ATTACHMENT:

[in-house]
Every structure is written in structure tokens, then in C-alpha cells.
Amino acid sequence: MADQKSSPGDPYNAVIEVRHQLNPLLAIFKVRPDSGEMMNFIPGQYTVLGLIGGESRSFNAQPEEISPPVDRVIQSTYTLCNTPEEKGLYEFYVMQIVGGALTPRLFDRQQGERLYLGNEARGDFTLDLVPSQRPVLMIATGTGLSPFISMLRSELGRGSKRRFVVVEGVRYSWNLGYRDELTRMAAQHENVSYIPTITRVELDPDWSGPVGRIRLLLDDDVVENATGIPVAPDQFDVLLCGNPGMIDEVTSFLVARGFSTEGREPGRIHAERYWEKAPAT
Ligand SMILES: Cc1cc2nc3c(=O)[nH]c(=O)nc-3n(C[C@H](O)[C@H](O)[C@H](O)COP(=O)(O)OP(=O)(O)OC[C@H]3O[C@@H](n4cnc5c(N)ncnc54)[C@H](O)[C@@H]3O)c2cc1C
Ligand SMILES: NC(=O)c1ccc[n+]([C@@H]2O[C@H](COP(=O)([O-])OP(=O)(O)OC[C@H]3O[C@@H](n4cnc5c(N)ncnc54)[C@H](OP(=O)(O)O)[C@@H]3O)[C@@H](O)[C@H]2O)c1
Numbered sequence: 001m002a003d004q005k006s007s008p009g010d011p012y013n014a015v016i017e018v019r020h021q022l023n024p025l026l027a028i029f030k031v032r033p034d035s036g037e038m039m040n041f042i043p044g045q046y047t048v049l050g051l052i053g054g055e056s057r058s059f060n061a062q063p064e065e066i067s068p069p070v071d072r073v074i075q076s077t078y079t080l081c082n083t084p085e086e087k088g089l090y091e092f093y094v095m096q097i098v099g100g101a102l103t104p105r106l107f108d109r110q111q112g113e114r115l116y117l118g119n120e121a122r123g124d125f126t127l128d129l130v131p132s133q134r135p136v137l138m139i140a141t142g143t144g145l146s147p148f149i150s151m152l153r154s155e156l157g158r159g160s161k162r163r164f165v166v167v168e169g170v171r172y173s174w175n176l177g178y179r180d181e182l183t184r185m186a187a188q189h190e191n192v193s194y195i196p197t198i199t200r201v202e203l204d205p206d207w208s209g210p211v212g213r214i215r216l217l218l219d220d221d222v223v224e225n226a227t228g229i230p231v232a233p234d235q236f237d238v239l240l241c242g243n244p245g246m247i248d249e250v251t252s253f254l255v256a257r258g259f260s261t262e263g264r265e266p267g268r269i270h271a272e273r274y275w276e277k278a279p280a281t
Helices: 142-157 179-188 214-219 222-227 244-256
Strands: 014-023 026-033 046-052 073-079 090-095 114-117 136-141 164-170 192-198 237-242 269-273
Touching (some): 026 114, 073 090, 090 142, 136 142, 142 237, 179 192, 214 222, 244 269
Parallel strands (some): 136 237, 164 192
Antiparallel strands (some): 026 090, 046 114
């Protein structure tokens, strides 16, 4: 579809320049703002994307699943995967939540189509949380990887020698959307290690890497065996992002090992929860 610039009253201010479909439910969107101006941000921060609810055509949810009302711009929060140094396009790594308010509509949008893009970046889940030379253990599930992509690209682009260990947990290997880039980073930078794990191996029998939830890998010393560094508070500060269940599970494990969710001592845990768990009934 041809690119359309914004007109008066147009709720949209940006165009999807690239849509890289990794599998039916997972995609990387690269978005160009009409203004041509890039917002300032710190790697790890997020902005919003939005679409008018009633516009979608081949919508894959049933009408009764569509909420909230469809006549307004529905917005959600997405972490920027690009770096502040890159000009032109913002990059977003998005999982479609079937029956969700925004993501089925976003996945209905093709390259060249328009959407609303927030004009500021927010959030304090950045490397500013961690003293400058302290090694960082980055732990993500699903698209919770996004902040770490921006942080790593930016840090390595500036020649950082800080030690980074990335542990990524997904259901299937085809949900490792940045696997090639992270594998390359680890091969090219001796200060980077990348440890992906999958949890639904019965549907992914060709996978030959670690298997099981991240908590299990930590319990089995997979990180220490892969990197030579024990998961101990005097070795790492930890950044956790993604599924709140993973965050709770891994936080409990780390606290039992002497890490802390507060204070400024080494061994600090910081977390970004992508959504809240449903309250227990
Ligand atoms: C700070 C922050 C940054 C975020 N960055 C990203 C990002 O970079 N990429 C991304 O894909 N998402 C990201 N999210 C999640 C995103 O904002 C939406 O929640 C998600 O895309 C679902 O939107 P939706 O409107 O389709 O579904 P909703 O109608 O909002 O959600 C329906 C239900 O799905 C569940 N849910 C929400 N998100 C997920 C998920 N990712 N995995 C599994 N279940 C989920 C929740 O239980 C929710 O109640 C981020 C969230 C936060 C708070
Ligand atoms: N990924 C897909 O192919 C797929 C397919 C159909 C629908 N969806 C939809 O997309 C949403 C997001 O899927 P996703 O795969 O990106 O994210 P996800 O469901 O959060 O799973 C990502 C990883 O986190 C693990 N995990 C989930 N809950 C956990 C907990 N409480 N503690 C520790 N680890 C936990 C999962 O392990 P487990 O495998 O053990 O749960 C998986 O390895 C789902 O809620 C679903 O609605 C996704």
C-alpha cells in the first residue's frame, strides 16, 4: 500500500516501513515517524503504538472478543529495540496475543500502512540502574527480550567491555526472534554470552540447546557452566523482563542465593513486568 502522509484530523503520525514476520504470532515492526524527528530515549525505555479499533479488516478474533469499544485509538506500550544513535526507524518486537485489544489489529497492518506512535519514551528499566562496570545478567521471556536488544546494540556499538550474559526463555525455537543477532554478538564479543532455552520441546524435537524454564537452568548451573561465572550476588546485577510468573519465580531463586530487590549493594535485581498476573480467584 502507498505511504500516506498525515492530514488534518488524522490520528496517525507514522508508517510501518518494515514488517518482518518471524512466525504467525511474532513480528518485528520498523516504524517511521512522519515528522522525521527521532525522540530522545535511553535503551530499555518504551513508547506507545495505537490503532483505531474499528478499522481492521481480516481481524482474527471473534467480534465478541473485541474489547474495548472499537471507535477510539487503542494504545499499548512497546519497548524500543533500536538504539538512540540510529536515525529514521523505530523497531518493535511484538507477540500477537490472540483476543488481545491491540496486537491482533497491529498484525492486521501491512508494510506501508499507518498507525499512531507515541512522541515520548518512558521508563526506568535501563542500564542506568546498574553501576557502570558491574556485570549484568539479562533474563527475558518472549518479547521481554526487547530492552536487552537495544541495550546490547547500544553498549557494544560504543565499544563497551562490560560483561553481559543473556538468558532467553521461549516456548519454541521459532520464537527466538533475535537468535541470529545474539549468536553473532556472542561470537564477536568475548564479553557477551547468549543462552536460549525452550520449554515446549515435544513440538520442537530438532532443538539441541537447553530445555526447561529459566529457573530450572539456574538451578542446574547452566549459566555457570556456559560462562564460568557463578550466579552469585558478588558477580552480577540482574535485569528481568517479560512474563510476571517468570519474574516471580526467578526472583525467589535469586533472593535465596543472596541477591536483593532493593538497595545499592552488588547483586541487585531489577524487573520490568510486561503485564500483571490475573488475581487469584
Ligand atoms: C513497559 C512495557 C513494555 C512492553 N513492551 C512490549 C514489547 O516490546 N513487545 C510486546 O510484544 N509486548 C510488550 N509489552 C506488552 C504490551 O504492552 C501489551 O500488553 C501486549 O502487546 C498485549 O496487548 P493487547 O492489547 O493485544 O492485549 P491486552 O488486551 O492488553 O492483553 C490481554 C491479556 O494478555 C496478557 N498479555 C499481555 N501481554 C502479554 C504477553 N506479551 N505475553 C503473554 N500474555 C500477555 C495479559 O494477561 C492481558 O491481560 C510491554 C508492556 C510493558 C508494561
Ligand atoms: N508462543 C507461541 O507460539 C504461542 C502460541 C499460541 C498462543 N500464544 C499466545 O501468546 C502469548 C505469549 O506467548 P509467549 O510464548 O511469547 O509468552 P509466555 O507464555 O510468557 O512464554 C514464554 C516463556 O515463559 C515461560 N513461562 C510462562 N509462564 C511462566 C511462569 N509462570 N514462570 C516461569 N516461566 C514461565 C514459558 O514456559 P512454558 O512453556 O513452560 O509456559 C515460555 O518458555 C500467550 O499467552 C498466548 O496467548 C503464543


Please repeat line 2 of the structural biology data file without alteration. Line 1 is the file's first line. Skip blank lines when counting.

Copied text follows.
Every structure is written in structure tokens, then in C-alpha cells.